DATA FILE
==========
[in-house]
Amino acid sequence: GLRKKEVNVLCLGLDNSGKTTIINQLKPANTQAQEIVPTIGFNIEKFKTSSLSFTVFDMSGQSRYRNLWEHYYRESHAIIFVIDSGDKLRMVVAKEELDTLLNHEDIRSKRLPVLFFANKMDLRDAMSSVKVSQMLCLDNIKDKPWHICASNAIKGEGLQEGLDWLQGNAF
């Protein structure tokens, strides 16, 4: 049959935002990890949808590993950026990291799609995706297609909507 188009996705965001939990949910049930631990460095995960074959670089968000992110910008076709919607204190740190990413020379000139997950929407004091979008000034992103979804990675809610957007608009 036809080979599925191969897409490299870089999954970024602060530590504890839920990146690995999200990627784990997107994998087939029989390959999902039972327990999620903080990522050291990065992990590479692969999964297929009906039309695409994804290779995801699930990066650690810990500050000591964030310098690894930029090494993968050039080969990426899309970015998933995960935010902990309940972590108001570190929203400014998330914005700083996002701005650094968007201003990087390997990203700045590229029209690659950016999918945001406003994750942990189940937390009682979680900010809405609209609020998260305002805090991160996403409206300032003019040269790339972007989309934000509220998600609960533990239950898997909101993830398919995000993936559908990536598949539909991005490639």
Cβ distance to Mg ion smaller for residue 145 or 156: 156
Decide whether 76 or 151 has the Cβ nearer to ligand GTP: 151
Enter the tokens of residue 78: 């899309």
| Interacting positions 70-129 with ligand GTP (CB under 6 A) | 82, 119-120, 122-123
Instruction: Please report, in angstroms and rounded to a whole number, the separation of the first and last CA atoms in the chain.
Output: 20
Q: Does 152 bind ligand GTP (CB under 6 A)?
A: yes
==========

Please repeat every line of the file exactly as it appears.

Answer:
[in-house]
Amino acid sequence: GLRKKEVNVLCLGLDNSGKTTIINQLKPANTQAQEIVPTIGFNIEKFKTSSLSFTVFDMSGQSRYRNLWEHYYRESHAIIFVIDSGDKLRMVVAKEELDTLLNHEDIRSKRLPVLFFANKMDLRDAMSSVKVSQMLCLDNIKDKPWHICASNAIKGEGLQEGLDWLQGNAF
């Protein structure tokens, strides 16, 4: 049959935002990890949808590993950026990291799609995706297609909507 188009996705965001939990949910049930631990460095995960074959670089968000992110910008076709919607204190740190990413020379000139997950929407004091979008000034992103979804990675809610957007608009 036809080979599925191969897409490299870089999954970024602060530590504890839920990146690995999200990627784990997107994998087939029989390959999902039972327990999620903080990522050291990065992990590479692969999964297929009906039309695409994804290779995801699930990066650690810990500050000591964030310098690894930029090494993968050039080969990426899309970015998933995960935010902990309940972590108001570190929203400014998330914005700083996002701005650094968007201003990087390997990203700045590229029209690659950016999918945001406003994750942990189940937390009682979680900010809405609209609020998260305002805090991160996403409206300032003019040269790339972007989309934000509220998600609960533990239950898997909101993830398919995000993936559908990536598949539909991005490639």
Cβ distance to Mg ion smaller for residue 145 or 156: 156
Decide whether 76 or 151 has the Cβ nearer to ligand GTP: 151
Enter the tokens of residue 78: 């899309």
| Interacting positions 70-129 with ligand GTP (CB under 6 A) | 82, 119-120, 122-123
Instruction: Please report, in angstroms and rounded to a whole number, the separation of the first and last CA atoms in the chain.
Output: 20
Q: Does 152 bind ligand GTP (CB under 6 A)?
A: yes